Implemented OpenID... why?
brad at danga.com
Sat Apr 29 18:13:22 UTC 2006
You're on your own.
OpenID is meant to be the simplest possible way to do authentication. You
have to do authorization and any profile gathering/etc. The Perl modules
for OpenID do a lot of that profile gather for you, but usually I find
myself only needing authn.
The problem with profile exchange is there are fifty efforts to define the
"best way", so OpenID is stepping back and letting everybody figure that
one out. :-) That said, there are OpenID proposals on how to do it as a
proper/clean OpenID optional extension. Look at JanRain's stuff.
On Fri, 28 Apr 2006, Thom McGrath wrote:
> I just completed implementation of an OpenID server (this is home-
> grown, not a standard library). This was hard without a good tutorial
> and whatnot, but besides the point. I'm also planning on creating the
> consumer end. But then I ran into a logic issue: why?
> Since OpenID doesn't appear to share any user information at all, why
> on earth am I doing this. If I want to allow people to login to my
> site via OpenID, I still need to ask them for all the standard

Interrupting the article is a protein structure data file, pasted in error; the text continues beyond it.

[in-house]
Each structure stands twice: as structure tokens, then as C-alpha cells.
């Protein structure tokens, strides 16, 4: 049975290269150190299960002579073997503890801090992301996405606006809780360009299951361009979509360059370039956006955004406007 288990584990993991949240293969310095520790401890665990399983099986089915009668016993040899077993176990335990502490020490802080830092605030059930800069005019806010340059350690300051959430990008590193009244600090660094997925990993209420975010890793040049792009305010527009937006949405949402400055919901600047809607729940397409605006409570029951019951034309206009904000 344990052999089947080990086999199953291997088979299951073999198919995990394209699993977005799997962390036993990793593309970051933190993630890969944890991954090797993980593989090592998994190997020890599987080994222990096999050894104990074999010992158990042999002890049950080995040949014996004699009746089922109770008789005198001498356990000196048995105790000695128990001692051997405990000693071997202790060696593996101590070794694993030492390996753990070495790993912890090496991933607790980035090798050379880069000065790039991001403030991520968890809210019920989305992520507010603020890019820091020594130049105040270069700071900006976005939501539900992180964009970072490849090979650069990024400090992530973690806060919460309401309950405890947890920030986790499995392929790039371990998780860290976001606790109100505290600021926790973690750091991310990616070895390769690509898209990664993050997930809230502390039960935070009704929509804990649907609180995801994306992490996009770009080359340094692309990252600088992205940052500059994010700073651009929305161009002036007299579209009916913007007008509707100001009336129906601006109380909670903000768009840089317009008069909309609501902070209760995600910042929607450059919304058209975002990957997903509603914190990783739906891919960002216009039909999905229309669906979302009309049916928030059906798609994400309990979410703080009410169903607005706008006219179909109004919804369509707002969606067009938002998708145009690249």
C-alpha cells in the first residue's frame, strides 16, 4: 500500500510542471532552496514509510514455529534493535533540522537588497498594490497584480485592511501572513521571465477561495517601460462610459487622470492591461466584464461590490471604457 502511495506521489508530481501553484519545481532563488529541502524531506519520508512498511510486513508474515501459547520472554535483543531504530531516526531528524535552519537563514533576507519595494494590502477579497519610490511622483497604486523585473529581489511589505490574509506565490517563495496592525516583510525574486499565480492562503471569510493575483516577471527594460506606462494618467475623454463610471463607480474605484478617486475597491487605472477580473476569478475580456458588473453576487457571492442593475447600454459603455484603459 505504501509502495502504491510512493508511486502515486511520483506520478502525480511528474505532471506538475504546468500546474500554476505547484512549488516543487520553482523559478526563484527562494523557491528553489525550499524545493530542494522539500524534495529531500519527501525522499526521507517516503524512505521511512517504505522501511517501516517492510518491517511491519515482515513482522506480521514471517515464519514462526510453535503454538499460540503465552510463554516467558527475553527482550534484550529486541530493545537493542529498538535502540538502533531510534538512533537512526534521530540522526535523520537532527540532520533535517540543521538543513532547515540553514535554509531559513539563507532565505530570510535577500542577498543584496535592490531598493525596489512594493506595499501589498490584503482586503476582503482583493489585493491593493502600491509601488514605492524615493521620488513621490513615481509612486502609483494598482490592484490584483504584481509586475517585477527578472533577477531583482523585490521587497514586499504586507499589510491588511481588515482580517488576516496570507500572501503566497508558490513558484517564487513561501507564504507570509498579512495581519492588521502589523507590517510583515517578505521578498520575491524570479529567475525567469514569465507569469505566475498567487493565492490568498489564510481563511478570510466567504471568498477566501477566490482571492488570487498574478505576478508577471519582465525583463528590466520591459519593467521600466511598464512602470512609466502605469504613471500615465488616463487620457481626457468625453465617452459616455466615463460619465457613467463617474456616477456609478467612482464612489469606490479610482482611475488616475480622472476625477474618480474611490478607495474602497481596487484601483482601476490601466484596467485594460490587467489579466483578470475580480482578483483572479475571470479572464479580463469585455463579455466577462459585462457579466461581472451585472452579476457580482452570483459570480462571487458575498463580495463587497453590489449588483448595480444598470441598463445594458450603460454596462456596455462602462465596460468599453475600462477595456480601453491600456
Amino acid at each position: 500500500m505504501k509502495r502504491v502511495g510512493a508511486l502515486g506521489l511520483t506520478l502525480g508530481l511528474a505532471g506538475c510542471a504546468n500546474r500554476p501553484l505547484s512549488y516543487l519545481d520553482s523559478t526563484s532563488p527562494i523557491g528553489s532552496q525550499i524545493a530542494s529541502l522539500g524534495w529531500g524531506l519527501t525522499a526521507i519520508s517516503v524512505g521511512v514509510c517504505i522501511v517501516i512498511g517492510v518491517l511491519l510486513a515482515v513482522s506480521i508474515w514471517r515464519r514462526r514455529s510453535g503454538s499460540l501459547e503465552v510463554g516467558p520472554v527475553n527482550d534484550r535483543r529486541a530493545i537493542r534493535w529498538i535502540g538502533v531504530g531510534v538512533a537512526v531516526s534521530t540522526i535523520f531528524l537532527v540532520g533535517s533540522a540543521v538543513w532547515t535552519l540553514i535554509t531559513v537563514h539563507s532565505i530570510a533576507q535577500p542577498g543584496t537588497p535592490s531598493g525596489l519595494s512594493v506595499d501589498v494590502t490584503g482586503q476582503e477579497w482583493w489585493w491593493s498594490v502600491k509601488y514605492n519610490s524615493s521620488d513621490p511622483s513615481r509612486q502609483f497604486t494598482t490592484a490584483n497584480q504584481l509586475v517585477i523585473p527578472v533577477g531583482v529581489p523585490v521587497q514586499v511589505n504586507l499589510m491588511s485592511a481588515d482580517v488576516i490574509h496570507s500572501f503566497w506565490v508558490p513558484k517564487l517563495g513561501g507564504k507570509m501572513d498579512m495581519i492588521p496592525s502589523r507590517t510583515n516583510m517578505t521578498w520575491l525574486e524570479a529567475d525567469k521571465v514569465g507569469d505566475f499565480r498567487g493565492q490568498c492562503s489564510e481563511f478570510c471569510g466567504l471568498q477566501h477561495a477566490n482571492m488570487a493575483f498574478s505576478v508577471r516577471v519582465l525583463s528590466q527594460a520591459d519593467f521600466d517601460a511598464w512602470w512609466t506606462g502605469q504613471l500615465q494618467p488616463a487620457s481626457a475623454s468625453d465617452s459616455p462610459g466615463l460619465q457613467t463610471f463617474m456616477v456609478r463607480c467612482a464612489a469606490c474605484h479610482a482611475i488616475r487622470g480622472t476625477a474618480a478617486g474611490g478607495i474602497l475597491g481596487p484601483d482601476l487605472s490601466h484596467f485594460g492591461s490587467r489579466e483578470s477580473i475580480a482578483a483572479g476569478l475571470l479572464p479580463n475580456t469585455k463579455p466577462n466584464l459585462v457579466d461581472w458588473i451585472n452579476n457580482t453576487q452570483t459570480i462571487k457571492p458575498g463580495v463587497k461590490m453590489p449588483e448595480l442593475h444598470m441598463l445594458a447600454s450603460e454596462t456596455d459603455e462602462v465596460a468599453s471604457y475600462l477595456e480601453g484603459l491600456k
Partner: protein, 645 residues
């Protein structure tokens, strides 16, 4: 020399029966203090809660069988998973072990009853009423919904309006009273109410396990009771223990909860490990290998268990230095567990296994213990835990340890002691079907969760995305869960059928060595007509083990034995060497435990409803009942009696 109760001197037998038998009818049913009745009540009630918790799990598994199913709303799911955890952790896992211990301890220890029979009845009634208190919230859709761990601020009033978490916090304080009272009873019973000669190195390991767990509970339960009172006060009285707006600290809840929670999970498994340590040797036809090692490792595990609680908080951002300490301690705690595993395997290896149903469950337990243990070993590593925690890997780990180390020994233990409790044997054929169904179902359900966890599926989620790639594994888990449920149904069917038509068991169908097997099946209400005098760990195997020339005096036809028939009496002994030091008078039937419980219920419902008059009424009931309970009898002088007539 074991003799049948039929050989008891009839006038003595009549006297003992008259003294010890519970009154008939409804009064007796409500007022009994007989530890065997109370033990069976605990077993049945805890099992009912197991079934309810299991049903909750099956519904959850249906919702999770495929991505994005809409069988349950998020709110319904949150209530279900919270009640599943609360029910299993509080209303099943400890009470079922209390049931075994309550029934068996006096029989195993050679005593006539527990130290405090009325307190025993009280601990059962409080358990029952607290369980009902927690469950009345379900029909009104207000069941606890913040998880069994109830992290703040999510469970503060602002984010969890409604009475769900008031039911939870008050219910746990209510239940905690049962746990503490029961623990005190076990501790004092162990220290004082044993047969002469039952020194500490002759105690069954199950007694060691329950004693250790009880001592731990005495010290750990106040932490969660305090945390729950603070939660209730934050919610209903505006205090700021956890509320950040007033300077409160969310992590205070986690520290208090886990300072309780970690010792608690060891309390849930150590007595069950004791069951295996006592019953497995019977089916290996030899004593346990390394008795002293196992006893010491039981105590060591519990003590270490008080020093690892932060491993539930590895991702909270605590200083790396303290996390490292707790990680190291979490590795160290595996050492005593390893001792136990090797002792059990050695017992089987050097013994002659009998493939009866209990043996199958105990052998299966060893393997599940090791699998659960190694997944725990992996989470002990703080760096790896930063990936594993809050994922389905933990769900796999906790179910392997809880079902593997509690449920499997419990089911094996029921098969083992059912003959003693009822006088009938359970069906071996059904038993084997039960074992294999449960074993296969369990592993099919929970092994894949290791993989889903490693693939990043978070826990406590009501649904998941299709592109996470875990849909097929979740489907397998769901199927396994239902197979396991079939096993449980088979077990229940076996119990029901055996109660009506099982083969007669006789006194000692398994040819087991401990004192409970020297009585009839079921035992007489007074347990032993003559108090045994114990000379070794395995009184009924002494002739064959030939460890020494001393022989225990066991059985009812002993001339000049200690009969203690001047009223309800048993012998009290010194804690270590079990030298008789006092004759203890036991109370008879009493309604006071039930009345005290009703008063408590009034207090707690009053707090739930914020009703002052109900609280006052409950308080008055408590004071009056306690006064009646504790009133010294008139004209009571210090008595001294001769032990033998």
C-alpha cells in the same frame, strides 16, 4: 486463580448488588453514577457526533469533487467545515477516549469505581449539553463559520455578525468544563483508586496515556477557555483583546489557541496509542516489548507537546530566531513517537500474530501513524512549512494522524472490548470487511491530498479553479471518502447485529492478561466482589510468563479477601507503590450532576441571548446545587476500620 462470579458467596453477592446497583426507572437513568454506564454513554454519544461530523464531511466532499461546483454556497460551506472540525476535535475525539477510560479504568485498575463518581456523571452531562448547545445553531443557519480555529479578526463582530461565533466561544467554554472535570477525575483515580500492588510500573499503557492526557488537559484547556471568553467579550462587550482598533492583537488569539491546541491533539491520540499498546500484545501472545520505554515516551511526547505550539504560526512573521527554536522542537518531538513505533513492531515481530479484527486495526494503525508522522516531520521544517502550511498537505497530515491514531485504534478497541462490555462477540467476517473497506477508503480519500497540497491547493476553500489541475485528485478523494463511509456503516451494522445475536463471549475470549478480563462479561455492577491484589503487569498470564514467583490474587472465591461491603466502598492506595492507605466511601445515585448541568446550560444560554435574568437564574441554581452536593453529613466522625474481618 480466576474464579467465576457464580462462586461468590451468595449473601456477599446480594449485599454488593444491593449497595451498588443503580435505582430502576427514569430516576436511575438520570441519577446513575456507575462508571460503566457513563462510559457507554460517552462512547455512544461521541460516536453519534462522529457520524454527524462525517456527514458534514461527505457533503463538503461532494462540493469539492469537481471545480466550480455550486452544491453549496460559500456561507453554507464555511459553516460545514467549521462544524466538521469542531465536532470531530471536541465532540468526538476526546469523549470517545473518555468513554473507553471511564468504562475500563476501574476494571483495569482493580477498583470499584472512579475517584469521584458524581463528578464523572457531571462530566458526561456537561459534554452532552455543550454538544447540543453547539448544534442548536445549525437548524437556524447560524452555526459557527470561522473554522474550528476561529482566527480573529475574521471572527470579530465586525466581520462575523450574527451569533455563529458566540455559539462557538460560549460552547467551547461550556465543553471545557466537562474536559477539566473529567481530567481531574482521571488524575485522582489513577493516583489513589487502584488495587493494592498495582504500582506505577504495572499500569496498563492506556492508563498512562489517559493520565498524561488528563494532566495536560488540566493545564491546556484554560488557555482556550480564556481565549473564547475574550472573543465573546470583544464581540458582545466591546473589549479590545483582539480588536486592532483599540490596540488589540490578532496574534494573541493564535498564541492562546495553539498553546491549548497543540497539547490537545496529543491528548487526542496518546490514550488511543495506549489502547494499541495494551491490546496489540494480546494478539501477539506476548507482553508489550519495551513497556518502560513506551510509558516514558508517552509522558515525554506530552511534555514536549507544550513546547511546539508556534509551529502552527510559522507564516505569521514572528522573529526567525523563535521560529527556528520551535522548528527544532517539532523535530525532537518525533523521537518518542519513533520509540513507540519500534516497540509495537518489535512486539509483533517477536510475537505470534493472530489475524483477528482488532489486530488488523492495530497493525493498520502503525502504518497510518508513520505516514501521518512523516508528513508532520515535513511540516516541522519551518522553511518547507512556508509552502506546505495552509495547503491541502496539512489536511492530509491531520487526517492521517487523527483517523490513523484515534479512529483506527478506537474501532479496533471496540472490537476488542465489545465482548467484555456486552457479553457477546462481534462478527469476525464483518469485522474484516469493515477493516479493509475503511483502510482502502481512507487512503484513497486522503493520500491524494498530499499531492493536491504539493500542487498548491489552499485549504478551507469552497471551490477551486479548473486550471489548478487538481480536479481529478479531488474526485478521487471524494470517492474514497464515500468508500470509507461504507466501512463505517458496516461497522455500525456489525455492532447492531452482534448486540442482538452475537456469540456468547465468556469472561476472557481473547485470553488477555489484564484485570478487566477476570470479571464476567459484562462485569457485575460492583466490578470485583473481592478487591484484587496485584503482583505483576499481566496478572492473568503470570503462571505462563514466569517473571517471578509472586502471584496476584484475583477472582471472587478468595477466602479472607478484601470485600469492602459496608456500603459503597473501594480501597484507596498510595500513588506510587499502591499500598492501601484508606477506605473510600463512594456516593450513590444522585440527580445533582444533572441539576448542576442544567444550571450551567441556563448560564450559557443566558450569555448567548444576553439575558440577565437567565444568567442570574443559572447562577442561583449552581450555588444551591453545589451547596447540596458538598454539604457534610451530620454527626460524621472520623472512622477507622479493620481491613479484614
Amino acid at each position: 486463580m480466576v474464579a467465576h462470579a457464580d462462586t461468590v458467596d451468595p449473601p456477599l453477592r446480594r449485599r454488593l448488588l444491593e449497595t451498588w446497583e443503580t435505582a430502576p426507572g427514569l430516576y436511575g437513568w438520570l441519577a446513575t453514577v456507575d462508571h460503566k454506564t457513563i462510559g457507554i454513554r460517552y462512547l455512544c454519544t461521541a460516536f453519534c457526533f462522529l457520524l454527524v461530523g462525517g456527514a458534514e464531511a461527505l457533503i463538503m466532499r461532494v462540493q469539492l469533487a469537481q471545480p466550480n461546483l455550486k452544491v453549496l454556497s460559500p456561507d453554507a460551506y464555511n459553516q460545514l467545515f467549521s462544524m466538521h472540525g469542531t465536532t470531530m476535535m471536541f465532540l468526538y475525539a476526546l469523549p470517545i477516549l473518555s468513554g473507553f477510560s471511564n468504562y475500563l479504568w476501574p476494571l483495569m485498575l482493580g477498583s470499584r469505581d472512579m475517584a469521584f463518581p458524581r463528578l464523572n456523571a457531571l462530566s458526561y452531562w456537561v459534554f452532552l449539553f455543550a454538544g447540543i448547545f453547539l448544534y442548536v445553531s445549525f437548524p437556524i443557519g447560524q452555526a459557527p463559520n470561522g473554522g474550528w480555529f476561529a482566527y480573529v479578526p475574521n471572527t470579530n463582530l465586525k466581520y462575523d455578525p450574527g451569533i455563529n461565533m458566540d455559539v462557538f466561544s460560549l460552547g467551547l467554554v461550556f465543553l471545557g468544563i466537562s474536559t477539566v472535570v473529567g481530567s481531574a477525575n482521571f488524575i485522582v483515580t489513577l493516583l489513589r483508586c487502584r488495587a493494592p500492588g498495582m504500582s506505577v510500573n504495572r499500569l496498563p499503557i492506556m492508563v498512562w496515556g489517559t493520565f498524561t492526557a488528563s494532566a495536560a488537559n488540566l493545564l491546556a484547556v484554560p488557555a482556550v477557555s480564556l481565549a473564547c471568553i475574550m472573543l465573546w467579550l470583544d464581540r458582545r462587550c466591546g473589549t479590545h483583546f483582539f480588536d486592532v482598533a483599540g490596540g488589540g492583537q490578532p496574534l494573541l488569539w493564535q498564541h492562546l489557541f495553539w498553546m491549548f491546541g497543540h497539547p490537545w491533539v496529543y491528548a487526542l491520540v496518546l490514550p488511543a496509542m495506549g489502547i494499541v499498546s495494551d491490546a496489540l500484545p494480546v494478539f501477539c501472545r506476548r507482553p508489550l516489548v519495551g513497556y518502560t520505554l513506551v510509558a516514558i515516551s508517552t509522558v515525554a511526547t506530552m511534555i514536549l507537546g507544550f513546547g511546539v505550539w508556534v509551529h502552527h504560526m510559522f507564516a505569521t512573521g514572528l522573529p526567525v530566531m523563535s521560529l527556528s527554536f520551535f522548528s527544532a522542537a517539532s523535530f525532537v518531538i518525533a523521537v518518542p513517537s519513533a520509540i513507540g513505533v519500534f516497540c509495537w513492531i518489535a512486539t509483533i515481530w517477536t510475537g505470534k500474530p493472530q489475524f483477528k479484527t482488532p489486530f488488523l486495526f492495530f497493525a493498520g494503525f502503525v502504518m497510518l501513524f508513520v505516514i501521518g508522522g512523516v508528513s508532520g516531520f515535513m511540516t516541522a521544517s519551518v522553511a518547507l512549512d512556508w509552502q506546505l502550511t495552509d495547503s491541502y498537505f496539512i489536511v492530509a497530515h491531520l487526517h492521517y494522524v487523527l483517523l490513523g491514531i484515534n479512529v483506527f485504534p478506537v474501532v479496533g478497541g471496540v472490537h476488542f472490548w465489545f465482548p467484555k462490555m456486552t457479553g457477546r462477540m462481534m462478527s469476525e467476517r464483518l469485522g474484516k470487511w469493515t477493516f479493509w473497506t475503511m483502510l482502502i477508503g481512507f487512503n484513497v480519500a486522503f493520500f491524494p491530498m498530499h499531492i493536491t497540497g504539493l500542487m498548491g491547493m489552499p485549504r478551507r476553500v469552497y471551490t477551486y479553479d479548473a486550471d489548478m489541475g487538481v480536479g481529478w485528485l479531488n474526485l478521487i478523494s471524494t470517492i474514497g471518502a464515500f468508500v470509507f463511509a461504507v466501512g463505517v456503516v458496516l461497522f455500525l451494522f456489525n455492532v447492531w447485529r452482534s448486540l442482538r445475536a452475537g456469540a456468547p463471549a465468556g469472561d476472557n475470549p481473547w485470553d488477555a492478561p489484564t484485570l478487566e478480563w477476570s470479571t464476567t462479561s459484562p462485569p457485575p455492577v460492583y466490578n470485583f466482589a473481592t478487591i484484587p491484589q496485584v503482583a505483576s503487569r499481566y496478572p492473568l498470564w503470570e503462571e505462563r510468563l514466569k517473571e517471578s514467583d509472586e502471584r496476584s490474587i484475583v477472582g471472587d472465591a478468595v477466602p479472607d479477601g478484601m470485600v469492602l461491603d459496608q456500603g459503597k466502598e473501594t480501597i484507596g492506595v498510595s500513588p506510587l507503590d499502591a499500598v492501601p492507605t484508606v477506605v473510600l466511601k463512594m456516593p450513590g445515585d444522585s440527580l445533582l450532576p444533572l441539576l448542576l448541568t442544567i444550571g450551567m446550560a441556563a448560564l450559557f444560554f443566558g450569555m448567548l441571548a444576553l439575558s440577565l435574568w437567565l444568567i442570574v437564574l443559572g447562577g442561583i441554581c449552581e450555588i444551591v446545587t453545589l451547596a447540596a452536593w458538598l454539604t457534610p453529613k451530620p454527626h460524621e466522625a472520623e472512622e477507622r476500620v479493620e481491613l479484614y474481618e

> registration info, like name and e-mail. That seems very... useless.
> From openid.net: "There's no profile exchange component at all: your
> profiile is your identity URL, but recipients of your identity can
> then learn more about you from any public, semantically interesting
> documents linked thereunder (FOAF, RSS, Atom, vCARD, etc.)."
> Is there a defined API for second call for data, or are we on our own
> for that one? I mean, OpenID seems like a fantastic idea and
> implementation, but the process of actually *getting* to a user's
> data seems to be completely undefined. Am I wrong?
> Thom McGrath, <http://www.thezaz.com/>
> "You realize you've created God in your own image when God hates all
> the same people you do."
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